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Progressive Planet, Lafarge sign MOU to buy carbon-capturing cement additive

IMAGE: CEO Steve Harpur with a bag of PozGlass
Progressive Planet's CEO Steve Harpur with a bag of PozGlass 100G. (Courtesy Progressive Planet Solutions Inc.)

Progressive Planet Solutions Inc. and Lafarge Canada Inc. have signed a non-binding memorandum of understanding (MOU) for Lafarge to purchase all the carbon-capturing cement additive produced by Progressive Planet's pilot manufacturing facility currently under construction.

Earlier this month, Vancouver-based Progressive Planet (PLAN-X) announced it is constructing a pilot plant to produce 12 tonnes of PozGlass 100G per day and sequester emissions generated at its Kamloops operations. It will be operational in 2024.

Ground-glass pozzolan, or post-consumer glass, is typically used to replace up to 30 per cent of Portland cement in concrete. PozGlass 100G, made of 100 per cent recycled consumer glass, permanently sequesters carbon dioxide (CO2) in post-consumer glass while also reducing sodium.

PozGlass 100G improves the properties of ground-glass pozzolan, with the result being a low carbon footprint, better strength and more resistance to alkali-silica reactivity.

Steve Harpur, Progressive Planet’s CEO, said the MOU is designed to work toward a final agreement where Lafarge offtakes all the PozGlass 100G from Progressive Planet’s pilot plant - up to 3,200 tonnes per year. Lafarge will then test PozGlass 100G, use it in its operations and develop markets for it.

“We are not a cement company that has the distribution, the marketing (or) the infrastructure. In my mind (it’s) a very strong win-win, where we develop the technology and produce the product and they purchase it from us. They've also agreed to provide technical assistance to us as we build the plant,” he said.

The Progressive Planet and Lafarge relationship

The production of cement, the binding agent in concrete, is responsible for about eight per cent of the world’s CO2 emissions. According to the Portland Cement Association, each pound of cement manufactured produces about 0.9 pounds of CO2.

“Typically, the Portland cement is about 10 to 13 per cent of the (concrete) mix,” Harpur explained. “The balance of the weight of that mix would be water, sand and aggregate . . . You could say there would be 10 times more concrete than the cement."

PozGlass 100G can be mixed with Portland cement at up to a 50 per cent ratio and can also replace fly ash in concrete. Fly ash is a by-product of burning coal, and releases CO2 when heated. It is one of the most common pozzolans used in the construction industry.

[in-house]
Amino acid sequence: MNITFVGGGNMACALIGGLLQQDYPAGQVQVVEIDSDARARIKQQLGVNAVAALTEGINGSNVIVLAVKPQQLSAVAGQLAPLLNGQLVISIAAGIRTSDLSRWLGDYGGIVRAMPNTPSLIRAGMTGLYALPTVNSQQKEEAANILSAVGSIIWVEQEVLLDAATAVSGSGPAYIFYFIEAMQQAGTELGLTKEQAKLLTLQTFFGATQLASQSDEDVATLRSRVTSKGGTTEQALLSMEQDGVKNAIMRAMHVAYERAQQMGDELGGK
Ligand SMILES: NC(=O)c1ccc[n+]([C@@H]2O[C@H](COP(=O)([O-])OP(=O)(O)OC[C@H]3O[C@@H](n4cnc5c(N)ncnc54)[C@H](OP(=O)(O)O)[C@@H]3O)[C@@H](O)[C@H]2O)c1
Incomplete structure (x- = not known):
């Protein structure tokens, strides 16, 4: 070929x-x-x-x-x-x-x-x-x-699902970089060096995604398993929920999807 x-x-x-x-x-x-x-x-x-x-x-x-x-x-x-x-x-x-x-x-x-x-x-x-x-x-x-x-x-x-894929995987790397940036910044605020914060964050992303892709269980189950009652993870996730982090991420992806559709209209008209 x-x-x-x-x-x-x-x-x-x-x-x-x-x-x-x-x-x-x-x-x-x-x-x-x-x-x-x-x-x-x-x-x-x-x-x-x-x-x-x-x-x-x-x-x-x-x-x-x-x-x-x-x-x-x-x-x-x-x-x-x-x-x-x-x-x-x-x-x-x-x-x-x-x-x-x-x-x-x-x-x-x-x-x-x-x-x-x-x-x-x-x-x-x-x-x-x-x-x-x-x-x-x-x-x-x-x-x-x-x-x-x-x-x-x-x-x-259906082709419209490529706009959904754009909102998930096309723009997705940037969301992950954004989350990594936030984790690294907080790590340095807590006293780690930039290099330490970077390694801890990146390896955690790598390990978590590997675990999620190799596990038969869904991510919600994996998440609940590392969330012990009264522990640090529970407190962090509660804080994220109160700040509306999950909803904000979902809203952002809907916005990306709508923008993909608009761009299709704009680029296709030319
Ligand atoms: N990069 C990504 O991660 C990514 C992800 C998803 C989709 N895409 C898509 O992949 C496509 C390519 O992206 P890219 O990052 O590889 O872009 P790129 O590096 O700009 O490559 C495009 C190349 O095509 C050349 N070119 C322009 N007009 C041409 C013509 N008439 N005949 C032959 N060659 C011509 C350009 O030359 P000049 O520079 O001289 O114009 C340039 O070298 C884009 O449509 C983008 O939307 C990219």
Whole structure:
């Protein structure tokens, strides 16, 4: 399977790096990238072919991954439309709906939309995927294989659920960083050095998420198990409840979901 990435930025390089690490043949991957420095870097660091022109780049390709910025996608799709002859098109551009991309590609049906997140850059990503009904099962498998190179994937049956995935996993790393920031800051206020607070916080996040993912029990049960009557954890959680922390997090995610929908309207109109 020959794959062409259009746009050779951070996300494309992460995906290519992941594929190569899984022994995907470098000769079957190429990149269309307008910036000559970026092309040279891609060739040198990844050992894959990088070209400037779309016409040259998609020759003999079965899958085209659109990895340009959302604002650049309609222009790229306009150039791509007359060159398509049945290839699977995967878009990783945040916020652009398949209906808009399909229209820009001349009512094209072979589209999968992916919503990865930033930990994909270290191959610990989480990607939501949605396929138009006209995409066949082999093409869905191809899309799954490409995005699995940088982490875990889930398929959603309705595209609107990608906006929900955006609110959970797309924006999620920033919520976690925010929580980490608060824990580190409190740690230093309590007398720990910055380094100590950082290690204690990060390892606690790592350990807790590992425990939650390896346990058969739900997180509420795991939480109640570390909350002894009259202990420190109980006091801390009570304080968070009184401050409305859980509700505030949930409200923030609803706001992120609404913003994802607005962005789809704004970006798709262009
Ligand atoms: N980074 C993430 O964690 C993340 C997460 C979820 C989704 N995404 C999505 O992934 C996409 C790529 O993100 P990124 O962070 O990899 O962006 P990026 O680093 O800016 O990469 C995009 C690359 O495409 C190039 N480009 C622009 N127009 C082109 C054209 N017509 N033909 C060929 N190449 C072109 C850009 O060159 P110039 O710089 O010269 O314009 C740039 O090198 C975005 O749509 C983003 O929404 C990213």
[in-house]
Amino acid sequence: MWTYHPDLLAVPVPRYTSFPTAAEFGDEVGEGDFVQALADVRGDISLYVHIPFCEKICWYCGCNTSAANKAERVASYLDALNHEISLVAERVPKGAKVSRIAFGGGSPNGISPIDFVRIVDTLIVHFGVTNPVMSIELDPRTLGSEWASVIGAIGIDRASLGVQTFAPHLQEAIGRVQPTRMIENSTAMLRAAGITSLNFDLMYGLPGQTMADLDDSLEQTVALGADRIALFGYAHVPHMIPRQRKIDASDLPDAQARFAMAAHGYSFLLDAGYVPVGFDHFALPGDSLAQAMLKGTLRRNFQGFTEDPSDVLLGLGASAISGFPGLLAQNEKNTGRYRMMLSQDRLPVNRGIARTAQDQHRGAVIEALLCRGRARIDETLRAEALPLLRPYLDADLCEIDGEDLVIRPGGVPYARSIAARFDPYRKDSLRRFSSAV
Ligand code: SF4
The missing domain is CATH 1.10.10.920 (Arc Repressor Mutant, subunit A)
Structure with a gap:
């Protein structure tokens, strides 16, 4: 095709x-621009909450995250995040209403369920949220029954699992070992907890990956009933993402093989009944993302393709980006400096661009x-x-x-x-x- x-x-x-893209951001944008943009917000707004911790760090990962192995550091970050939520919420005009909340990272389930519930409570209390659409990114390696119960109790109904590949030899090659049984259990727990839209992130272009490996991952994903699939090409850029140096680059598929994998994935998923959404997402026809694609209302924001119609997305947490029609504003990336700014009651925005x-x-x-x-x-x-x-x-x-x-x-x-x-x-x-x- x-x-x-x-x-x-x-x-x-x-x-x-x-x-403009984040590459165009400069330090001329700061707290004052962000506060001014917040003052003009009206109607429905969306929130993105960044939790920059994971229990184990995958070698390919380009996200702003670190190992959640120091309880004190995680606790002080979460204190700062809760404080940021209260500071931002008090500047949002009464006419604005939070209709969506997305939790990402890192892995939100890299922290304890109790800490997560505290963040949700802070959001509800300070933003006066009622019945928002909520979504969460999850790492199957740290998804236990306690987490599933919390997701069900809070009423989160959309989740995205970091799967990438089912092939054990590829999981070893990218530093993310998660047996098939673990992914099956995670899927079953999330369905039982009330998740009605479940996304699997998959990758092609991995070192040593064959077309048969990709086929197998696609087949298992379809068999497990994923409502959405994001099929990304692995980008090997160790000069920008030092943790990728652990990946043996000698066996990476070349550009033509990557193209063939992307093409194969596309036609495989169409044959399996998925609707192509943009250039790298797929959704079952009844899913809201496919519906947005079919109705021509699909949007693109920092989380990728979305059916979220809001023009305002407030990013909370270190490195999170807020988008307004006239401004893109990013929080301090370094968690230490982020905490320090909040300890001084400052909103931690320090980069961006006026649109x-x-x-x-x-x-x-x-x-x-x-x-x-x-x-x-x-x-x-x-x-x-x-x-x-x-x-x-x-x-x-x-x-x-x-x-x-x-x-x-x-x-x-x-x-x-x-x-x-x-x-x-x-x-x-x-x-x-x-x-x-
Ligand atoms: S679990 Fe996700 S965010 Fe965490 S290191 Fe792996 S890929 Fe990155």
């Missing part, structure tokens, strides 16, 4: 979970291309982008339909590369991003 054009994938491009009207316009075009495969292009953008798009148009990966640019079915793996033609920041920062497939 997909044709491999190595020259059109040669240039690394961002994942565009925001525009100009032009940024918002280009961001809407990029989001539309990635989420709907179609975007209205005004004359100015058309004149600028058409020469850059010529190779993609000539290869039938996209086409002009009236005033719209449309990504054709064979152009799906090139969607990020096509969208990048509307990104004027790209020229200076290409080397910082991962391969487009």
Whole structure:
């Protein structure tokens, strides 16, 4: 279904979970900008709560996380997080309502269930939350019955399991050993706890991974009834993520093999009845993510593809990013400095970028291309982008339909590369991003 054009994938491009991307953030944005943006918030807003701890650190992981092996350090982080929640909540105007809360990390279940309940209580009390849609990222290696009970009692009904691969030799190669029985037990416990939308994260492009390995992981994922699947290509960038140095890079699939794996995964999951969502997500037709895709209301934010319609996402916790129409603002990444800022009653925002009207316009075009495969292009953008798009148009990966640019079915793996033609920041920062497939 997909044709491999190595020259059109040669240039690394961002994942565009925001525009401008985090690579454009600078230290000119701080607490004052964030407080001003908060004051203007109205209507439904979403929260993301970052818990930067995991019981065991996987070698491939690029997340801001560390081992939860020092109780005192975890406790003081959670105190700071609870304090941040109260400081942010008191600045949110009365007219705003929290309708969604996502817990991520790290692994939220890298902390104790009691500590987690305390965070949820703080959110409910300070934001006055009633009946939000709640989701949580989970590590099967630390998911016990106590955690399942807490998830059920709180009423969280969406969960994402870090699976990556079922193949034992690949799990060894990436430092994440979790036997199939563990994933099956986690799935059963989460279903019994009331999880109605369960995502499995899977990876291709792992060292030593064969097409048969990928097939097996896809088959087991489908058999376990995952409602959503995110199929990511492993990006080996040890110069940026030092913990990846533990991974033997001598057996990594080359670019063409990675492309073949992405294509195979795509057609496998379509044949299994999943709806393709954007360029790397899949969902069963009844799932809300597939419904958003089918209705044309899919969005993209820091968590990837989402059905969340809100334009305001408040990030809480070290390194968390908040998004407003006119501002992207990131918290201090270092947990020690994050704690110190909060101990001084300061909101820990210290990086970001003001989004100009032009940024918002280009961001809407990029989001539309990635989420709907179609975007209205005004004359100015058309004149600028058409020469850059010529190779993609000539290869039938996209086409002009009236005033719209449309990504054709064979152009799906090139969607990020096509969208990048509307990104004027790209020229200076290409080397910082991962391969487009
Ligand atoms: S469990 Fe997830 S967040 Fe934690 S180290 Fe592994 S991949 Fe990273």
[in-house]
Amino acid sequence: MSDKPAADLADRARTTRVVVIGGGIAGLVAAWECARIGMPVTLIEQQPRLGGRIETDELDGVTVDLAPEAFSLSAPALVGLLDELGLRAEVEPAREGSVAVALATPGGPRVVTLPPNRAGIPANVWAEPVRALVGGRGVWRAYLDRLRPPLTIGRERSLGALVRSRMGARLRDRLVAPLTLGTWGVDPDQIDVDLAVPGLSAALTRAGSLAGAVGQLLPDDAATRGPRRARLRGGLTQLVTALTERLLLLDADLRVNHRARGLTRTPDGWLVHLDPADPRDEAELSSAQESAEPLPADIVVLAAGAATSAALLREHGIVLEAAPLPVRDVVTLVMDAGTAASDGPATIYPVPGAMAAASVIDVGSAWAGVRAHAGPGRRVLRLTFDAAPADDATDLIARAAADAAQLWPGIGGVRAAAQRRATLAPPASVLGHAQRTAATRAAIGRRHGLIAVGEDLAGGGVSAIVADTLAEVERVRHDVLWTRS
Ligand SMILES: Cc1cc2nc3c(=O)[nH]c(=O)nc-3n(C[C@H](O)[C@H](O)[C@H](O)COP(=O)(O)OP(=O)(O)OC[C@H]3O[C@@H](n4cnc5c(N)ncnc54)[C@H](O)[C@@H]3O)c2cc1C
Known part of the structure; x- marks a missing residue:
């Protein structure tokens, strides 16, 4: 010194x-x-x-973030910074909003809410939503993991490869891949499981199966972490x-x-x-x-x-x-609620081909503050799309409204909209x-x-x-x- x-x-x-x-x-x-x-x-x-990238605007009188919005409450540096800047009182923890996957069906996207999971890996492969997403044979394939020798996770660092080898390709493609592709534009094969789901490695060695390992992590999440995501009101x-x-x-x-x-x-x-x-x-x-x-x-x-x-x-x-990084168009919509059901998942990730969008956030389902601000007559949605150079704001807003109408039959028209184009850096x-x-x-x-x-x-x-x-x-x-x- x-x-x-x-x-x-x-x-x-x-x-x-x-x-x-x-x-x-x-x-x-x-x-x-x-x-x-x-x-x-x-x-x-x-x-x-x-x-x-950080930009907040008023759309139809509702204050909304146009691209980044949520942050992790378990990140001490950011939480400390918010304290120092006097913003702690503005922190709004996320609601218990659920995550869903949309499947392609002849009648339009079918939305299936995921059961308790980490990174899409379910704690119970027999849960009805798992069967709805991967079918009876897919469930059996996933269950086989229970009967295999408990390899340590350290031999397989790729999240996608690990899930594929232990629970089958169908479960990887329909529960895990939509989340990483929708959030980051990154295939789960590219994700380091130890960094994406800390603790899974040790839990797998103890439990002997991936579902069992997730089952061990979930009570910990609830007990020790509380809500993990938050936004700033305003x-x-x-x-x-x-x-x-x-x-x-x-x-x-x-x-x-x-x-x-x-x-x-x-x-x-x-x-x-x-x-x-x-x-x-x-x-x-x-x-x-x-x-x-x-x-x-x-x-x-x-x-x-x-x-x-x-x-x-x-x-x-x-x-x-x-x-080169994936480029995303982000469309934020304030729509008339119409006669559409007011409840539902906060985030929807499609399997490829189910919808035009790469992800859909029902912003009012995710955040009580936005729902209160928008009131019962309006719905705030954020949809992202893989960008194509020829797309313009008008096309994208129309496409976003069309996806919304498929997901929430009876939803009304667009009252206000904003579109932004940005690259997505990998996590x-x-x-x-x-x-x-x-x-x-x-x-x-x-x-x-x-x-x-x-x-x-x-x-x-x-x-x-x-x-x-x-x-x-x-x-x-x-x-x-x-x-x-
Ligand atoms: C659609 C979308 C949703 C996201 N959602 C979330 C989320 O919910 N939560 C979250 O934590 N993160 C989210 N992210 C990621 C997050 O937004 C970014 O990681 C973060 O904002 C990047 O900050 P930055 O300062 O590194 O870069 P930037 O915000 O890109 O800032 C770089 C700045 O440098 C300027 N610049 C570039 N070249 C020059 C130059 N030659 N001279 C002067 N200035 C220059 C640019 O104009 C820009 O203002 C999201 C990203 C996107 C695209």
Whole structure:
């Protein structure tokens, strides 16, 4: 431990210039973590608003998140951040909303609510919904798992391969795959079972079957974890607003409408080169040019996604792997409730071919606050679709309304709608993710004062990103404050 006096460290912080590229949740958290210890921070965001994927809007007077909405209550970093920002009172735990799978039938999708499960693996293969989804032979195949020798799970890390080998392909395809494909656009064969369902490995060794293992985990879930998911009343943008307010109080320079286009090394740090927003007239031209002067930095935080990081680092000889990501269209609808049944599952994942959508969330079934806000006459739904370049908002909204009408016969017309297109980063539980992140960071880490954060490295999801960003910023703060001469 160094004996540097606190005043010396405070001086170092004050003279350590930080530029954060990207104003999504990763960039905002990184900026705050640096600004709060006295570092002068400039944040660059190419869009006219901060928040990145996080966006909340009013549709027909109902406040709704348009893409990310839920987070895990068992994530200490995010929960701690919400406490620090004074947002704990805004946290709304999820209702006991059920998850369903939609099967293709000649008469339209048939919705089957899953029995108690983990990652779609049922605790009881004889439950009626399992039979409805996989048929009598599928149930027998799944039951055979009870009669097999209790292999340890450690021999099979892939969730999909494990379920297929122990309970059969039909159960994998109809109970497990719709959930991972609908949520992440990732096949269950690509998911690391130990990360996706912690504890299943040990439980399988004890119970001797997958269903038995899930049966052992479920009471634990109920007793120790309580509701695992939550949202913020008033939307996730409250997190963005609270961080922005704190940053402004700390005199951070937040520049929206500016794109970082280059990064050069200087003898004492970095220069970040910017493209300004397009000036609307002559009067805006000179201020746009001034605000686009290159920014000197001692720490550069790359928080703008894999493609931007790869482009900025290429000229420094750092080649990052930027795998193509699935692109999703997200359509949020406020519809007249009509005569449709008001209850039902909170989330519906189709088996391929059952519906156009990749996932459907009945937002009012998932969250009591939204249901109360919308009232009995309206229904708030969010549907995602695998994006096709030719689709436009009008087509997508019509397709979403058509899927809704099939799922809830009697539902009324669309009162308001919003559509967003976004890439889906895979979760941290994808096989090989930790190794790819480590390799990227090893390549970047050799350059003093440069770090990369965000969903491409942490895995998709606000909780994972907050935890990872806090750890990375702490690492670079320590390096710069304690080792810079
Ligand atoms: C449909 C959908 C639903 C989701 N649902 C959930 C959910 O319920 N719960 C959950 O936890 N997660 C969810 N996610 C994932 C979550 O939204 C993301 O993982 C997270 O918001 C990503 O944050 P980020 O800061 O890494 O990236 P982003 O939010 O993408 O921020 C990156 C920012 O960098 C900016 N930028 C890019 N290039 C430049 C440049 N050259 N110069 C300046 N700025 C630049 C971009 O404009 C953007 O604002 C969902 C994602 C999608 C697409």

All coal-fired power plants in Canada are mandated to shut down by December 2029, meaning the industry needs a replacement for fly ash.

According to Harpur, the intention is that PozGlass 100G will not cost more per tonne than Portland cement.

In mid-January, Progressive Planet was approached unsolicited by Lafarge, who was impressed with what the company was doing with post-consumer glass.

"We are excited to provide technical guidance and support to Progressive Planet as they move through design, construction and operation of their pilot plant to show PozGlass can meet industry performance expectations and be produced at industrial scale,” Brad Kohl, president and CEO of Lafarge Western Canada said in a statement.

Lafarge’s products include aggregates, cement, ready mix and precast concrete. It employs over 6,900 at 400 sites across Canada.

Progressive Planet’s facility

Progressive Planet has hired Brightspot Climate Inc., a Calgary-based greenhouse gas emissions consulting firm, to measure the carbon footprint of PozGlass using data gathered from the pilot plant. Harpur estimates that once the facility is operational, Brightspot will have an established carbon footprint for it within 24 months.

The facility itself will be “several thousand square feet,” and utilize PozGlass 100G in it’s construction, something Progressive Planet has already done in one of its buildings.

"We've already put our first PozGlass in in May of 2022. I actually have a picture of where I wrote into the cement pad in our building – PozGlass 100G and my handprint,” Harpur said.

“What we are attempting to do with this pilot plant is prove the carbon footprint of our entire plant versus comparing it to a Portland cement production facility and to prove that the economics work.”

Earlier in March, the company reached an agreement with the non-profit Recycle BC to provide a steady supply of post-consumer glass for the plant. Recycle BC provides services for over two million households in the province.

The eventual goal for the company is to have its PozGlass 100G production co-located at cement kilns, as the PozGlass 100G process takes CO2 from flue stack emissions. It is also constantly looking to improve on its product.

We've made improvements to PozGlass every month for the last year in our lab. There is constant innovation going we are also working on creating glass that is made to replace cement as not from virgin materials,” he said.

“As long as I'm the CEO of this company, innovation will be a key component of what we do. We will be looking to improve PozGlass over the course of the pilot plant.”

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